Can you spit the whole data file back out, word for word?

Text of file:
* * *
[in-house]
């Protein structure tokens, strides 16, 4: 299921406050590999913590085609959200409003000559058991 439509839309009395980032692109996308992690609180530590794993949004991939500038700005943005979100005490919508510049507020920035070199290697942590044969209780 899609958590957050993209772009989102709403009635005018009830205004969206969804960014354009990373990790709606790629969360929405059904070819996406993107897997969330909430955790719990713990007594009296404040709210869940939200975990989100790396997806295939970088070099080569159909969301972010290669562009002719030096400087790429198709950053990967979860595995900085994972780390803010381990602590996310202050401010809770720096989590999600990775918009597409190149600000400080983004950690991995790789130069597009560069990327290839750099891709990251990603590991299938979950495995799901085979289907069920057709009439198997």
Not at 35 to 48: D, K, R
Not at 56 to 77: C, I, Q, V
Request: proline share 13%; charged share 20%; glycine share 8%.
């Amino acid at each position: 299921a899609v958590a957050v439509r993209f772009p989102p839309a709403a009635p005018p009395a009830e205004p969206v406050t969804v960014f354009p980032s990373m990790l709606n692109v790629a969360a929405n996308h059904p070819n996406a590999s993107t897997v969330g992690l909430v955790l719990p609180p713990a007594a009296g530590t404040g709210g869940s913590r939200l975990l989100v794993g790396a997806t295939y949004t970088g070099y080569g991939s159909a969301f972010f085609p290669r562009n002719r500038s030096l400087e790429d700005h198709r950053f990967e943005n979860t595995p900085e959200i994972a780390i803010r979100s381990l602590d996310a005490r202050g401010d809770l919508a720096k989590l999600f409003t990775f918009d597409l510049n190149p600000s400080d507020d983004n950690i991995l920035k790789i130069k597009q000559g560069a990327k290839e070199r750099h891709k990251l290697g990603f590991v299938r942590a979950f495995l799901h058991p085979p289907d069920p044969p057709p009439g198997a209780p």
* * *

[in-house]
């Protein structure tokens, strides 16, 4: 299921406050590999913590085609959200409003000559058991 439509839309009395980032692109996308992690609180530590794993949004991939500038700005943005979100005490919508510049507020920035070199290697942590044969209780 899609958590957050993209772009989102709403009635005018009830205004969206969804960014354009990373990790709606790629969360929405059904070819996406993107897997969330909430955790719990713990007594009296404040709210869940939200975990989100790396997806295939970088070099080569159909969301972010290669562009002719030096400087790429198709950053990967979860595995900085994972780390803010381990602590996310202050401010809770720096989590999600990775918009597409190149600000400080983004950690991995790789130069597009560069990327290839750099891709990251990603590991299938979950495995799901085979289907069920057709009439198997």
Not at 35 to 48: D, K, R
Not at 56 to 77: C, I, Q, V
Request: proline share 13%; charged share 20%; glycine share 8%.
């Amino acid at each position: 299921a899609v958590a957050v439509r993209f772009p989102p839309a709403a009635p005018p009395a009830e205004p969206v406050t969804v960014f354009p980032s990373m990790l709606n692109v790629a969360a929405n996308h059904p070819n996406a590999s993107t897997v969330g992690l909430v955790l719990p609180p713990a007594a009296g530590t404040g709210g869940s913590r939200l975990l989100v794993g790396a997806t295939y949004t970088g070099y080569g991939s159909a969301f972010f085609p290669r562009n002719r500038s030096l400087e790429d700005h198709r950053f990967e943005n979860t595995p900085e959200i994972a780390i803010r979100s381990l602590d996310a005490r202050g401010d809770l919508a720096k989590l999600f409003t990775f918009d597409l510049n190149p600000s400080d507020d983004n950690i991995l920035k790789i130069k597009q000559g560069a990327k290839e070199r750099h891709k990251l290697g990603f590991v299938r942590a979950f495995l799901h058991p085979p289907d069920p044969p057709p009439g198997a209780p």